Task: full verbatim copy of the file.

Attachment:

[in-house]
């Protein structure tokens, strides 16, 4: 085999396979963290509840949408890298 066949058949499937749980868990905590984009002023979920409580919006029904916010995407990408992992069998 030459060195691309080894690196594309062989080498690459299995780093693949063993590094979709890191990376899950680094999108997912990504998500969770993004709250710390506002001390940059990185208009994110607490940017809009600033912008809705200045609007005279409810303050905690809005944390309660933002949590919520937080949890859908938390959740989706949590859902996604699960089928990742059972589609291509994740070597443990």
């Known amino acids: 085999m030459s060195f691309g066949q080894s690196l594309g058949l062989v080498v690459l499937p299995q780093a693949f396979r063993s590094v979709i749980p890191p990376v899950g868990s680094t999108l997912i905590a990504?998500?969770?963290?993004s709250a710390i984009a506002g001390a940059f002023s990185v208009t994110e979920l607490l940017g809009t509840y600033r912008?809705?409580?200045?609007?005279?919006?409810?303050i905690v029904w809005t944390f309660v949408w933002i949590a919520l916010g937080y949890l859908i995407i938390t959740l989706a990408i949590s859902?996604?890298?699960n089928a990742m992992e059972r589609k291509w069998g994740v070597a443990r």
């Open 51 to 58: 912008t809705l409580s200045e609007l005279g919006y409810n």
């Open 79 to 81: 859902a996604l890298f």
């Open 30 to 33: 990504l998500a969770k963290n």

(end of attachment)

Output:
[in-house]
């Protein structure tokens, strides 16, 4: 085999396979963290509840949408890298 066949058949499937749980868990905590984009002023979920409580919006029904916010995407990408992992069998 030459060195691309080894690196594309062989080498690459299995780093693949063993590094979709890191990376899950680094999108997912990504998500969770993004709250710390506002001390940059990185208009994110607490940017809009600033912008809705200045609007005279409810303050905690809005944390309660933002949590919520937080949890859908938390959740989706949590859902996604699960089928990742059972589609291509994740070597443990």
């Known amino acids: 085999m030459s060195f691309g066949q080894s690196l594309g058949l062989v080498v690459l499937p299995q780093a693949f396979r063993s590094v979709i749980p890191p990376v899950g868990s680094t999108l997912i905590a990504?998500?969770?963290?993004s709250a710390i984009a506002g001390a940059f002023s990185v208009t994110e979920l607490l940017g809009t509840y600033r912008?809705?409580?200045?609007?005279?919006?409810?303050i905690v029904w809005t944390f309660v949408w933002i949590a919520l916010g937080y949890l859908i995407i938390t959740l989706a990408i949590s859902?996604?890298?699960n089928a990742m992992e059972r589609k291509w069998g994740v070597a443990r």
């Open 51 to 58: 912008t809705l409580s200045e609007l005279g919006y409810n």
């Open 79 to 81: 859902a996604l890298f």
């Open 30 to 33: 990504l998500a969770k963290n």